The Scherzo is initially taken very slightly more slowly than in the orchestral versions which I have in my collection. However, the whole movement is in proportion and holds together well. The bouncy introduction which builds to a sinister indeed demonic theme at 25:16 is extremely well integrated. The slower “ländler” section in the middle of the movement is interesting and works very well on the piano. When the sinister theme returns toward the end of the movement, there is some detail (at 30:12) which I had never been able to pick out before. There are no missing details here and the fact that it is two pianos rather than an orchestra does help with the clarity of the textures.

The massive third movement Adagio is generally very slow and majestic, as it should be. There is some lovely playing here and the detail due to the superb recording and the two piano writing shows up wonderfully. There are some very odd sounding harmonies around 47:48 which are marvellous and easier to pick out in this arrangement. Of special note is the conclusion of this movement – a good description would be profoundly peaceful after some of the earlier, more agitated episodes, around 50:00.

The finale is a fitting conclusion to the work, well in keeping with the remainder of the piece. I especially like the feeling of building tension in the first 1–2 minutes of the piece which eventually resolves into something more relaxed at 60:30. The playing around 63:00 is wonderful and the music is very uplifting before changing into something more disturbing. Again, in this movement, it is testimony to the fantastic job of the transcriber that the piece does not sound as if it was originally written for different forces. There are some interesting hints at Beethoven’s Ninth symphony at around 70:00 – another thing I’d never noted before. The work goes through a series of episodes, some agitated, others more calming as it gradually winds up to a heroic conclusion in D major which is magnificent on this recording.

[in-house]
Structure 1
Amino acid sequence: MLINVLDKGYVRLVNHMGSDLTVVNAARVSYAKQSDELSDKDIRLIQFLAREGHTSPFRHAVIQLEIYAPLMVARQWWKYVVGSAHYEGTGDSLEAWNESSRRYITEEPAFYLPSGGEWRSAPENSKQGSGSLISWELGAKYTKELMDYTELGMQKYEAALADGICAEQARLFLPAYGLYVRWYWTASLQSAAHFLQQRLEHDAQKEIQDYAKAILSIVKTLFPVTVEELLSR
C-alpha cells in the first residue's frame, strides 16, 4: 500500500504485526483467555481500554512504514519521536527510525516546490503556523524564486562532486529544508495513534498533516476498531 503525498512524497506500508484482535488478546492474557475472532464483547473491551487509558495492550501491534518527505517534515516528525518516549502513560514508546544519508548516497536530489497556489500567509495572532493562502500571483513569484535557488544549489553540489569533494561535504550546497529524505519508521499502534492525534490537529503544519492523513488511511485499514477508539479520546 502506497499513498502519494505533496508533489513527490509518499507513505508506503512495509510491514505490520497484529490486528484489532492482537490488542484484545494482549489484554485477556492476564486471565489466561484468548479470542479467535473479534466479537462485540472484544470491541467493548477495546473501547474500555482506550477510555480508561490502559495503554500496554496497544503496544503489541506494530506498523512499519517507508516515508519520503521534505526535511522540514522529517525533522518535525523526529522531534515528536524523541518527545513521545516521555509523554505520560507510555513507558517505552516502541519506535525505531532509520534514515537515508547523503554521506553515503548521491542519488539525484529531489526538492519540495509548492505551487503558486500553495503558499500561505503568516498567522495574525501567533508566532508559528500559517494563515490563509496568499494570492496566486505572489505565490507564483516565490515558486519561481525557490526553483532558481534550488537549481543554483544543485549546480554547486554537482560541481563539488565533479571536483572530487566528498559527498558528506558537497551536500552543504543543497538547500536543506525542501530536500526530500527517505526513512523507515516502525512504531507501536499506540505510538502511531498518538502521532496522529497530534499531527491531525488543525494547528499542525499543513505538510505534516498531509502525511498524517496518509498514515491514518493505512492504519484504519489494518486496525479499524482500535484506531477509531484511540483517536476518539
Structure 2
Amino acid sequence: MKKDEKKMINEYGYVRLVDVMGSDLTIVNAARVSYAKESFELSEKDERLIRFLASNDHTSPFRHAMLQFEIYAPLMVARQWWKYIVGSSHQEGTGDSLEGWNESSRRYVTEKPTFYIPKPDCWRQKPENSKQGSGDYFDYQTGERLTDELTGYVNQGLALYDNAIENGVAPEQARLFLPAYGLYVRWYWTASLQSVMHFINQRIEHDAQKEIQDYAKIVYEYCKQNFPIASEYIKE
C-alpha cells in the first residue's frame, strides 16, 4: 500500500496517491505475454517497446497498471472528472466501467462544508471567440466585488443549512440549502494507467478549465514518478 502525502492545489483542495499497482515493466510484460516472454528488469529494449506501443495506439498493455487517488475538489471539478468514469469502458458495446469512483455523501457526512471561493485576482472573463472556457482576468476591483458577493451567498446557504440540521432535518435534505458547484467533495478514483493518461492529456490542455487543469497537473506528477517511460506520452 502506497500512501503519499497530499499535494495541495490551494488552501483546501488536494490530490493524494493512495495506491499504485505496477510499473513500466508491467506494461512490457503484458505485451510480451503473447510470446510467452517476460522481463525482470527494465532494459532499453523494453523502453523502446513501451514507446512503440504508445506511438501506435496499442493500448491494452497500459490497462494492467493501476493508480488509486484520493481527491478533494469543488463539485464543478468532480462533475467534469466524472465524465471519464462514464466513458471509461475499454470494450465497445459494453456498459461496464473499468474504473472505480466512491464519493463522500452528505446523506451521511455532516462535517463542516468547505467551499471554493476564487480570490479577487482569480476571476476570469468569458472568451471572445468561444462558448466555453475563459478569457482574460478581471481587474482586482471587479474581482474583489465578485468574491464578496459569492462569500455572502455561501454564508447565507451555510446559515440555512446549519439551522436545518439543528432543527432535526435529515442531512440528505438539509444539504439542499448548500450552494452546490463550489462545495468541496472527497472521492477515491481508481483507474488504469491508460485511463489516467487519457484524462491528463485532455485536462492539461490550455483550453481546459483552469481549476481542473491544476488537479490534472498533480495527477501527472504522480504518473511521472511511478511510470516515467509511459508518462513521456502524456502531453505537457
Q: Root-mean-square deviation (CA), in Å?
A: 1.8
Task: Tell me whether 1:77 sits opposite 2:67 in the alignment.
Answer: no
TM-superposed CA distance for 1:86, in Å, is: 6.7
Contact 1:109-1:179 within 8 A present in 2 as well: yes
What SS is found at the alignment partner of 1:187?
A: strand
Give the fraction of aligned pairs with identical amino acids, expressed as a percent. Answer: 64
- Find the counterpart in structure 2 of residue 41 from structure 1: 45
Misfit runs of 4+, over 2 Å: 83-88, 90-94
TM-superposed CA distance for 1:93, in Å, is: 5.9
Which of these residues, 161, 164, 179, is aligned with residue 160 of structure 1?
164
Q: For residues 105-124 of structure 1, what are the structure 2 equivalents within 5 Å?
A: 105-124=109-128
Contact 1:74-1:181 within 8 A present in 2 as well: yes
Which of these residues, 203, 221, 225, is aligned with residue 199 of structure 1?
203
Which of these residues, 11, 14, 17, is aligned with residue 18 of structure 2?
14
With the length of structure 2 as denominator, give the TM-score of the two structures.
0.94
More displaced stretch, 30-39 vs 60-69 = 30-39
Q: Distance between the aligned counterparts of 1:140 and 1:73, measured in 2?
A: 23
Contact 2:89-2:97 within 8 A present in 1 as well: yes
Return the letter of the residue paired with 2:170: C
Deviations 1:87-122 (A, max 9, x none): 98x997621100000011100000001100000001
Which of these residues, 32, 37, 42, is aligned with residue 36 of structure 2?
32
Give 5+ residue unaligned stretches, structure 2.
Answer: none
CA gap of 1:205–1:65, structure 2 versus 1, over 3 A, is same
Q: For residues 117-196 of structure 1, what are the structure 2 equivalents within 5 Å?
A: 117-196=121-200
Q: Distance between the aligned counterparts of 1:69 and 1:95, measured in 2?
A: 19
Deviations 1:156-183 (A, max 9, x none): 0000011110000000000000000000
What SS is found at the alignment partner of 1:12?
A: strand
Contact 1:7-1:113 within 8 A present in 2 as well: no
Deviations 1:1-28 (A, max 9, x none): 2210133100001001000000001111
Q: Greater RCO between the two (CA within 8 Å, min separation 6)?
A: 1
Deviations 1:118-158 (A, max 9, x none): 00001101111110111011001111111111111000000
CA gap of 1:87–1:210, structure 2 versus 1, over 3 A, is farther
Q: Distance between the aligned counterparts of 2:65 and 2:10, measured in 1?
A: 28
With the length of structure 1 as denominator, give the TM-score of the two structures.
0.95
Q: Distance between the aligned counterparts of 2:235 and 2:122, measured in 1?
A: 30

The other important and interesting thing about this recording is the fact that it is on a Blu-Ray DVD and is recorded in very high definition. Even with our imperfect set up — without surround sound — the sound quality is remarkable. You can pick the sound quality on the opening menu. The choices are 4.0 DTS HD MA 24/192khz and 2.0 DTS HD MA 24/192khz. The menu also allows you to pick which movement you can play.

The audience were very quiet throughout – I noticed only one small cough in the whole performance. They are also suitably appreciative at the end.
I do have some very, very minor quibbles none of which detract from the quality of the performance or the sound. Firstly, I was somewhat surprised not to have a moving video of the performance. All we get are two photographs of the pianists before and after the performance. These stay visible throughout as they are on the menu screen. Secondly, presumably due to the up-scaling of our Blu-ray player, there is a slight ghosting effect around the text on the menu page. Neither of these things will spoil your listening though. Thirdly, unfortunately, there is no indication of how long each movement is given anywhere on the notes. This is something I always look out for but others may not find this an issue. These details are set out below.

To sum up then: this is an absolutely splendid recording of a famous work, albeit in an unfamiliar arrangement. I urge you to get a copy, put it on loud and pin back your ears – you are in for a treat.

Jonathan Welsh

Movement timings
I. Feierlich, misterioso [0 – 24:28]
II. Scherzo. Bewegt, lebhaft; Trio. Schnell [24:36 – 35:40]
III. Adagio. Langsam, feierlich [35:46 – 58:04]
IV. Finale [58:06 – 80:31]